ordered to the frontier/ the spearman leaves/ himself behind
The haibun is consciously brief, and uses many of Geddes words and phrases, a sort of ‘found’ prose. In the original poem, Geddes builds the spearman’s character, recounting the soldier’s amazement that the artist can take his measure in a single sitting. That would have been the first sitting. It is in the second setting that the spearman has returned in full regalia ― proud of his calling, he strikes his own pose, a daring attitude in the presence of the Emperor’s artist ― and we see the artist suddenly liking the spearman, seeing someone he can relate to, and beginning a relationship with the soldier, with the man; perhaps he will share the contents of his wineskin with him, get to know him better.
Then the spearman is called to the front, and is reluctant to leave his village, but also, strangely , to leave this image of himself. You can imagine him wondering why it was important to him; there’s a sense of awakening. Today we have so many images of ourselves, but in Emperor Qin Shi Huang’s time, it was unknown to even think of such a thing, especially if you were a lowly person, like a spearman.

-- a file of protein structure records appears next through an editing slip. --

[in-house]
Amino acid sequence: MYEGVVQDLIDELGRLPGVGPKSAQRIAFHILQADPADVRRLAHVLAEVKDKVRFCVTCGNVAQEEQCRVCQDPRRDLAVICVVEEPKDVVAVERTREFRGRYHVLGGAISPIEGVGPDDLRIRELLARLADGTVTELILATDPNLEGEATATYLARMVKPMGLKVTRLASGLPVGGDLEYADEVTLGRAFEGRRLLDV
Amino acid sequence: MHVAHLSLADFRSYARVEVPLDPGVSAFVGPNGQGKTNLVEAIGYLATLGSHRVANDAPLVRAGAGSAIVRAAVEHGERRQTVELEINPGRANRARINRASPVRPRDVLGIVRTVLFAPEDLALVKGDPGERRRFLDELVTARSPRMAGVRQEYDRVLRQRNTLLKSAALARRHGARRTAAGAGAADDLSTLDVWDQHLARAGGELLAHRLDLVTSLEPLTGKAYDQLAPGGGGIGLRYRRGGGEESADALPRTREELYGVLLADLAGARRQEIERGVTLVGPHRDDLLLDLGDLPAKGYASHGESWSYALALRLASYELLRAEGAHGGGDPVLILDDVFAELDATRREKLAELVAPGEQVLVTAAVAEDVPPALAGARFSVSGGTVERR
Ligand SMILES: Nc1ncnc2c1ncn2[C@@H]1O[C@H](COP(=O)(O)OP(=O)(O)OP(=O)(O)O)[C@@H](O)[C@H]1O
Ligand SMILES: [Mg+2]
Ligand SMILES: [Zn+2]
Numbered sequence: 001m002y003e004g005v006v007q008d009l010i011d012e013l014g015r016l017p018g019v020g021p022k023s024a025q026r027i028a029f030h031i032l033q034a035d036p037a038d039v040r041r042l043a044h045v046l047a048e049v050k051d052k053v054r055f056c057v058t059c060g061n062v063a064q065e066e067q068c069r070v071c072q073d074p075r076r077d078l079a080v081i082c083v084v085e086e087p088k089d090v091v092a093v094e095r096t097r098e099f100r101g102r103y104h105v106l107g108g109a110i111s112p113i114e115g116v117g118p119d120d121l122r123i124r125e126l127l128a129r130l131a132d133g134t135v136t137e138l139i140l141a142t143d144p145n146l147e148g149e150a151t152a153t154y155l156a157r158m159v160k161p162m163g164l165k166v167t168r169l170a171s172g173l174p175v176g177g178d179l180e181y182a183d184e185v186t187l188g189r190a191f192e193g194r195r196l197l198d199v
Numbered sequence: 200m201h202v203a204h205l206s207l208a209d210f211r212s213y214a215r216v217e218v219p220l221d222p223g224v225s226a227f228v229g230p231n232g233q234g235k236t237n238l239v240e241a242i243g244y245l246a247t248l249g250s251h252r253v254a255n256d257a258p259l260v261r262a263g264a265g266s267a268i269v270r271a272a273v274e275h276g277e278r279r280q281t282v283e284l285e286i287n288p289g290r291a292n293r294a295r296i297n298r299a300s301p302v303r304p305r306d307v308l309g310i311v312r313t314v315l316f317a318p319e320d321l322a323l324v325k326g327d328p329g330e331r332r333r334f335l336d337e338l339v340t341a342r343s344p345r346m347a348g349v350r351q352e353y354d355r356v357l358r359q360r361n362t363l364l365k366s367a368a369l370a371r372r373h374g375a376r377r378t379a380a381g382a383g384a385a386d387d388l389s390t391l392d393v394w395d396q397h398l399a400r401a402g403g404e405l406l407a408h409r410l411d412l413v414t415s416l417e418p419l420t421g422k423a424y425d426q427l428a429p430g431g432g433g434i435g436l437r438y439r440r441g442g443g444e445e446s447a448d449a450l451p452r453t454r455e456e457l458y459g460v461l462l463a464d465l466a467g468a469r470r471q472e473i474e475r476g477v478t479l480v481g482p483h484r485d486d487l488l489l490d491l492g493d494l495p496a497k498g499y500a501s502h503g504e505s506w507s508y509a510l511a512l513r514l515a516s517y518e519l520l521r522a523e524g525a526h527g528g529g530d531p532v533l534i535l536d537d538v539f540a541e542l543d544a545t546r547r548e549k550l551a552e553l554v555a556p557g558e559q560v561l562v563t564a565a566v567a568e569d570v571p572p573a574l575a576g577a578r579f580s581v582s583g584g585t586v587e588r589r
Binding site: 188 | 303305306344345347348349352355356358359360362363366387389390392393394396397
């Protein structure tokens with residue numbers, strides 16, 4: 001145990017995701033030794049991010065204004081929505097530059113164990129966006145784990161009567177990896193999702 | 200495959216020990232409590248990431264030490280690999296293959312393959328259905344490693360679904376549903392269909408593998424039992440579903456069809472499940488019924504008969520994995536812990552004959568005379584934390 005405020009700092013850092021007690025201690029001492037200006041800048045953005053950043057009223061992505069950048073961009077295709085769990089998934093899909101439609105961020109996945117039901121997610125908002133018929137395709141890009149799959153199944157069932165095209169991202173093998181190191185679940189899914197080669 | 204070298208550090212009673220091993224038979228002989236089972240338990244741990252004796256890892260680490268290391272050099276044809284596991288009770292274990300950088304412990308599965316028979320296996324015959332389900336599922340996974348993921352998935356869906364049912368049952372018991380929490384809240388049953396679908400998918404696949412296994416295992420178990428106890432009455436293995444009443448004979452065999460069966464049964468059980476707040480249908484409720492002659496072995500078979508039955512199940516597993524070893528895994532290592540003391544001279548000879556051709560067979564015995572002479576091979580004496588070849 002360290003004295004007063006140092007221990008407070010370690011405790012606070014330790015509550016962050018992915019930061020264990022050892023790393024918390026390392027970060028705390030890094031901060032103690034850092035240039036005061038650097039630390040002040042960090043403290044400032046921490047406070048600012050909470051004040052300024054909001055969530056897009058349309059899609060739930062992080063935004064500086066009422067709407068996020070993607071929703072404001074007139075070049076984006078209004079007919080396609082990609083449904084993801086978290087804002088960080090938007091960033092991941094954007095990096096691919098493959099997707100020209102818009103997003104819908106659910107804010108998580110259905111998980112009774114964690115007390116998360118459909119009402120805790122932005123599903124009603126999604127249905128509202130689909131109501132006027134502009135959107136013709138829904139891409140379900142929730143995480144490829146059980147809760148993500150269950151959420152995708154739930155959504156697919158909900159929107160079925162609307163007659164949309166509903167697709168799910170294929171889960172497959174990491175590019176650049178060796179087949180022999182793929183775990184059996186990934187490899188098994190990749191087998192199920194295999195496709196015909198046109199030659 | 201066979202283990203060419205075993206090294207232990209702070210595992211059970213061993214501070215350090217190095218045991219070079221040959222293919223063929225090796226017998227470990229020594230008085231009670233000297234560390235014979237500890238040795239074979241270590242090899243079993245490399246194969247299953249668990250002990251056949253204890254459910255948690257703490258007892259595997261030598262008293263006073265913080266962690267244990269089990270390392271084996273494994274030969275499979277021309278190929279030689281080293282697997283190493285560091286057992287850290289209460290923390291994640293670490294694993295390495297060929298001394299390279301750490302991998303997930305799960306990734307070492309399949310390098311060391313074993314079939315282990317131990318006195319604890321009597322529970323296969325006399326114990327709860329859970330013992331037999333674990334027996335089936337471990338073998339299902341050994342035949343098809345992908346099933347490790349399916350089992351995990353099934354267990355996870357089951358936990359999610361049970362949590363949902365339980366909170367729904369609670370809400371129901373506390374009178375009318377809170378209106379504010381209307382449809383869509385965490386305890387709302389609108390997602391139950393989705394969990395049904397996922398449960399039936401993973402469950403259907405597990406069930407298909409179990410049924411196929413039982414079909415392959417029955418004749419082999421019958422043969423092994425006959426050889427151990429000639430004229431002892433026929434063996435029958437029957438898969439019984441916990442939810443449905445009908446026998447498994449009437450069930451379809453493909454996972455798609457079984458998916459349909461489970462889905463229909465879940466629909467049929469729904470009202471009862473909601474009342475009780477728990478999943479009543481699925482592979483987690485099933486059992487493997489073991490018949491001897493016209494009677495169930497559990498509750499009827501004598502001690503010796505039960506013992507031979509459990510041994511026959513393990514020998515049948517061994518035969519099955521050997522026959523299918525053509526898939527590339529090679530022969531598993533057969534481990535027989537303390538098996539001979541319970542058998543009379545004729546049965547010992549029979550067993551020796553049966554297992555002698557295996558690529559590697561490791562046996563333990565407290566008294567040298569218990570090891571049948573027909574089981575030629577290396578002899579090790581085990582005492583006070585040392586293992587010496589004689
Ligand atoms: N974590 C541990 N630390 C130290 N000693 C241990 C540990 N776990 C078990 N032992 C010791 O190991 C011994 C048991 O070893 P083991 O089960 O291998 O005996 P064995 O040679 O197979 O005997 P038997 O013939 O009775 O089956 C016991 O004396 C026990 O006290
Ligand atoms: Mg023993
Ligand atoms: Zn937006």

The original poem makes you aware that the soldier realizes that his chances of returning alive are slim. He may never survive the next battle, but now he knows there will be this sculpture left to remind others of him. There is poignance in the original, especially because though we know his statue would be buried for many centuries, he probably would not have known the Emperor’s plan at the time. This short literary haibun simply slips me into the studio, so that I can emphasize in the haibun the care with which the artist replicates the trappings of a soldier’s existence.